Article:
There are many reasons you might want to adjust a published knitting pattern to better suit your needs. Maybe your gauge is a little off, or you're using a different kind of yarn, so you'll need to cast on more or fewer stitches.
Maybe you want to change the size a little bit, use a different border or do some of the finishing in a different way than what's suggested.
It's great to use a published pattern as a jumping off point for a project if you're not comfortable designing your own or you just need to make a couple of basic alterations.
Particularly if you're looking at an easy pattern, it isn't too difficult to change things to meet your needs better. Here are some steps to get you from the pattern you have to the knit garment you want.
You may be one of those knitters who never knits gauge swatches or "always knits to gauge," but if you're going to be altering a pattern, you have to know your specific gauge for the yarn, needles and pattern stitch you're going to be using. Otherwise, you'll have no basis for making your alterations.
It may only be by making a gauge swatch that you realize you need to make alterations to the pattern, as it was with me and the project that inspired this article. The project, pictured here, is a bulky hooded baby sweater -- the Peek-a-Boo Hoodie from the winter 2011 Cozy Winter Knits publication of Knitting Today Magazine.
It's virtually all Stockinette stitch knit flat. The only problem was I didn't have enough bulky yarn to make it, so I decided to hold two strands of one yarn (Caron Simply Soft Eco) together.
I didn't get the same gauge as the pattern, which I realized quickly enough from knitting a gauge swatch.
In the case of a simple Stockinette project, all you have to do to determine how many stitches you need to cast on instead of the number recommended is to determine the measurement of the piece you need (in my case, half of a sweater with a chest measurement of 28 inches, or 14 inches per pieces) and the gauge you're getting (I got 11 stitches per 4 inches instead of the pattern's suggested 8 stitches).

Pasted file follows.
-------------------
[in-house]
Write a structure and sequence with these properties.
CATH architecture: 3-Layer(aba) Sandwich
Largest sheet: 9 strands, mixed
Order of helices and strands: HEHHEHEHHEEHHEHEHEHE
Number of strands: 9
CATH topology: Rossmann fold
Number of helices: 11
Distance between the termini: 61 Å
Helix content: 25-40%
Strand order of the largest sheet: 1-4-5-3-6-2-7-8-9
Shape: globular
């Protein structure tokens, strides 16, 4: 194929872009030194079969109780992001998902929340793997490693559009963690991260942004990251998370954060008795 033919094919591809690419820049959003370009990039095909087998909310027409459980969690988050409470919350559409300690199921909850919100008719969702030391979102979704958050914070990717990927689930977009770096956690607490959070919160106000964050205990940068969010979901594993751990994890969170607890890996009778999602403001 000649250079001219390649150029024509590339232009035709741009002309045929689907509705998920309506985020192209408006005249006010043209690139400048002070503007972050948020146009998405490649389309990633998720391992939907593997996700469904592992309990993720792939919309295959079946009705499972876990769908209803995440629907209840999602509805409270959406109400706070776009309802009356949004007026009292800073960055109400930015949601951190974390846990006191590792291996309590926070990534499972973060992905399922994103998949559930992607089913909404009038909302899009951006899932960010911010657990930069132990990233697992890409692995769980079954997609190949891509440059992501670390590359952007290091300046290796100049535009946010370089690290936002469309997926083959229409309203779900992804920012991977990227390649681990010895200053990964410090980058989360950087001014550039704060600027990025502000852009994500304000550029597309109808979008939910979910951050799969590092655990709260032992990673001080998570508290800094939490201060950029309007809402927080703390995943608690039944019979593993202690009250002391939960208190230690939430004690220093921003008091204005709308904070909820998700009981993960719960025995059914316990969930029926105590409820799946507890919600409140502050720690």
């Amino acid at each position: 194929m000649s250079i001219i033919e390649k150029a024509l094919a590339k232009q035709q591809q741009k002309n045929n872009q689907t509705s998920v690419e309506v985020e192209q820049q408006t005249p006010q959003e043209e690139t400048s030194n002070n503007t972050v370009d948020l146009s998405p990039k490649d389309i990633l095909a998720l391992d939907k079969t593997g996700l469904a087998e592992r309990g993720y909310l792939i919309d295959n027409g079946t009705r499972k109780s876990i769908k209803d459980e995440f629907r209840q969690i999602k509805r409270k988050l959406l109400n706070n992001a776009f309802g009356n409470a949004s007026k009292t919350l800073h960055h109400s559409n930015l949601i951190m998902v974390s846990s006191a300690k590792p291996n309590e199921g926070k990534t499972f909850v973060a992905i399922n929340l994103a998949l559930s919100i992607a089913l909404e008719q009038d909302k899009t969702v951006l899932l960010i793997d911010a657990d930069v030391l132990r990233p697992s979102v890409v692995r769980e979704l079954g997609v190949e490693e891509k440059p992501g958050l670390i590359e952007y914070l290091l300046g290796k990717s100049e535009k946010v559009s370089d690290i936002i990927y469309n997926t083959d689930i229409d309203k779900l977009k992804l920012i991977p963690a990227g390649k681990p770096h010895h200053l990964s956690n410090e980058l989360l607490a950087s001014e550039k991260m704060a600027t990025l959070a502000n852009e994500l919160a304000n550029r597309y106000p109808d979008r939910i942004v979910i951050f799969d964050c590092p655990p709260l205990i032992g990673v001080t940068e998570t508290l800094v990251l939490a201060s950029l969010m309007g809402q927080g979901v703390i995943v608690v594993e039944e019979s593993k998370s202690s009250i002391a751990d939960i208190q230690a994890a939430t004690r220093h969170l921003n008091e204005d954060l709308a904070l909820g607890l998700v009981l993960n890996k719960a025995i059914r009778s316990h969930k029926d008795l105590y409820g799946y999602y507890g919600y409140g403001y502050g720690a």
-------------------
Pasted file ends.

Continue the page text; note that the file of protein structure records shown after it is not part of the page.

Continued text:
First, divide your 4-inch gauge by 4 so you know how many stitches per inch you're getting (2.75, in my case), then multiply by your finished piece measurement (I get 38.5) to determine how many stitches to cast on. (Obviously, the same thing works in metric, using a 10 cm swatch.)
Of course, you can't cast on 38.5 stitches; I went with 38 because the edgings were all Seed Stitch, which is most commonly worked on an even number of stitches. If you're working a pattern that involves a stitch pattern with a multiple, make sure your adjusted numbers will work with the pattern.
Remember that the cast on isn't the only number you'll have to adjust when altering a knitting pattern. Anywhere there's a decrease, bind off or any other instruction that involves a number of stitches, you'll have to rethink the pattern to make sure you're doing it right for your number of stitches.
The pattern I picked was two squares, so that made it easy, but it does have a V-neck, so I had to do a little math to make sure the V was centered on the front of the sweater.
Consider how many stitches are bound off for armholes and if that's too many or too few for your gauge, as well.
Go Your Own Way
While you're altering the pattern, remember that you don't have to stick to doing things exactly the way the pattern suggests.
My pattern only called for decreasing; it didn't say which kind of decrease to use. I could have consistently worked knit 2 together for all of the decreases, but I decided to work k2togs on one side of the V neck and ssks on the other for some nice symmetry.
The pattern also called for binding off the hood then sewing it together. Instead, I did an improvised 3-needle bind off to save myself a step and a little bulk. Knitting is all about doing what makes sense to you; you should never feel like you have to do something a certain way just because that's what the pattern says!
Track Your Results
Whenever you alter a pattern, you should take notes on exactly what you did and how it turned out. That way if you make a mistake you can go back to your notes and figure out what went wrong. You'll also have the right numbers if you want to knit the same project again, and you'll know what went right if you want to alter a similar pattern in the future.